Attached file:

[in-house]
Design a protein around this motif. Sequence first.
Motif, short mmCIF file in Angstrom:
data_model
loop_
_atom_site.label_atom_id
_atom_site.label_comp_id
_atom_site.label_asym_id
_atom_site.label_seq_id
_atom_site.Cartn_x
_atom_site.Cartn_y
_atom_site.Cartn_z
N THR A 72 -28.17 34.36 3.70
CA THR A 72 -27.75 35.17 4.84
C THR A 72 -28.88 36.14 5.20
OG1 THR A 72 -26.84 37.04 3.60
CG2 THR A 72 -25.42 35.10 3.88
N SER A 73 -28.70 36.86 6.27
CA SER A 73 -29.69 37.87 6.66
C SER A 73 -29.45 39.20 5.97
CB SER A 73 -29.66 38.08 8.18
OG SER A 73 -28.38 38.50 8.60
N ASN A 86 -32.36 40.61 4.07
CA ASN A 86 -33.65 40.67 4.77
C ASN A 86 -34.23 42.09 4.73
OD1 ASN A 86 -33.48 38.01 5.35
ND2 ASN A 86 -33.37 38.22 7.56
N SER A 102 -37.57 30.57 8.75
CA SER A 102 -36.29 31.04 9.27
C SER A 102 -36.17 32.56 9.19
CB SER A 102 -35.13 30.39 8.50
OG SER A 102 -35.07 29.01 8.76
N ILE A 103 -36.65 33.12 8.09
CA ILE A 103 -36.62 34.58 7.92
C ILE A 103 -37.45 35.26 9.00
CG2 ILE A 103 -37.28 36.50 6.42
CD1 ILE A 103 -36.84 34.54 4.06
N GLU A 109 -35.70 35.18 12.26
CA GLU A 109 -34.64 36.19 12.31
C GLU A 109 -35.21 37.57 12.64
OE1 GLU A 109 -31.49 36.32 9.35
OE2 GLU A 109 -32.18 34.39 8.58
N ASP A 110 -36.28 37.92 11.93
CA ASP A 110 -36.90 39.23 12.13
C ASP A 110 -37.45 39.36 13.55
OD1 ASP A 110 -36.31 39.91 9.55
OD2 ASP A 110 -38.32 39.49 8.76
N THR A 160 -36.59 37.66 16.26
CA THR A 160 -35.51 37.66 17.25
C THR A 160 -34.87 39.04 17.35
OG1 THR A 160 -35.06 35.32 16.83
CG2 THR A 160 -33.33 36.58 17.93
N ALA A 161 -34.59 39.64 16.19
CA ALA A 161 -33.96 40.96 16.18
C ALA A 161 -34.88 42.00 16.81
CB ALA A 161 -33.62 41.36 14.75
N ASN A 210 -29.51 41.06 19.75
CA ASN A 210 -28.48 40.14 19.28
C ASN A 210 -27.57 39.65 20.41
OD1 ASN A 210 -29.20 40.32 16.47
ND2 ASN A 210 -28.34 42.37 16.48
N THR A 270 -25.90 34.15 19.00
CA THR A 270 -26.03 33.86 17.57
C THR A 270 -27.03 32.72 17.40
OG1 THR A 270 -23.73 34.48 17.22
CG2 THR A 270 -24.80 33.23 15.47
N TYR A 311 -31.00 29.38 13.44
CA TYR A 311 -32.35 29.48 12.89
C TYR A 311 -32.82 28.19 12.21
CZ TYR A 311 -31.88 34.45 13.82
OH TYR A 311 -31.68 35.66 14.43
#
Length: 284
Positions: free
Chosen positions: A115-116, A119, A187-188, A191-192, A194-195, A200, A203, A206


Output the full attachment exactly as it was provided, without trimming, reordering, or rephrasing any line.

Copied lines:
[in-house]
Design a protein around this motif. Sequence first.
Motif, short mmCIF file in Angstrom:
data_model
loop_
_atom_site.label_atom_id
_atom_site.label_comp_id
_atom_site.label_asym_id
_atom_site.label_seq_id
_atom_site.Cartn_x
_atom_site.Cartn_y
_atom_site.Cartn_z
N THR A 72 -28.17 34.36 3.70
CA THR A 72 -27.75 35.17 4.84
C THR A 72 -28.88 36.14 5.20
OG1 THR A 72 -26.84 37.04 3.60
CG2 THR A 72 -25.42 35.10 3.88
N SER A 73 -28.70 36.86 6.27
CA SER A 73 -29.69 37.87 6.66
C SER A 73 -29.45 39.20 5.97
CB SER A 73 -29.66 38.08 8.18
OG SER A 73 -28.38 38.50 8.60
N ASN A 86 -32.36 40.61 4.07
CA ASN A 86 -33.65 40.67 4.77
C ASN A 86 -34.23 42.09 4.73
OD1 ASN A 86 -33.48 38.01 5.35
ND2 ASN A 86 -33.37 38.22 7.56
N SER A 102 -37.57 30.57 8.75
CA SER A 102 -36.29 31.04 9.27
C SER A 102 -36.17 32.56 9.19
CB SER A 102 -35.13 30.39 8.50
OG SER A 102 -35.07 29.01 8.76
N ILE A 103 -36.65 33.12 8.09
CA ILE A 103 -36.62 34.58 7.92
C ILE A 103 -37.45 35.26 9.00
CG2 ILE A 103 -37.28 36.50 6.42
CD1 ILE A 103 -36.84 34.54 4.06
N GLU A 109 -35.70 35.18 12.26
CA GLU A 109 -34.64 36.19 12.31
C GLU A 109 -35.21 37.57 12.64
OE1 GLU A 109 -31.49 36.32 9.35
OE2 GLU A 109 -32.18 34.39 8.58
N ASP A 110 -36.28 37.92 11.93
CA ASP A 110 -36.90 39.23 12.13
C ASP A 110 -37.45 39.36 13.55
OD1 ASP A 110 -36.31 39.91 9.55
OD2 ASP A 110 -38.32 39.49 8.76
N THR A 160 -36.59 37.66 16.26
CA THR A 160 -35.51 37.66 17.25
C THR A 160 -34.87 39.04 17.35
OG1 THR A 160 -35.06 35.32 16.83
CG2 THR A 160 -33.33 36.58 17.93
N ALA A 161 -34.59 39.64 16.19
CA ALA A 161 -33.96 40.96 16.18
C ALA A 161 -34.88 42.00 16.81
CB ALA A 161 -33.62 41.36 14.75
N ASN A 210 -29.51 41.06 19.75
CA ASN A 210 -28.48 40.14 19.28
C ASN A 210 -27.57 39.65 20.41
OD1 ASN A 210 -29.20 40.32 16.47
ND2 ASN A 210 -28.34 42.37 16.48
N THR A 270 -25.90 34.15 19.00
CA THR A 270 -26.03 33.86 17.57
C THR A 270 -27.03 32.72 17.40
OG1 THR A 270 -23.73 34.48 17.22
CG2 THR A 270 -24.80 33.23 15.47
N TYR A 311 -31.00 29.38 13.44
CA TYR A 311 -32.35 29.48 12.89
C TYR A 311 -32.82 28.19 12.21
CZ TYR A 311 -31.88 34.45 13.82
OH TYR A 311 -31.68 35.66 14.43
#
Length: 284
Positions: free
Chosen positions: A115-116, A119, A187-188, A191-192, A194-195, A200, A203, A206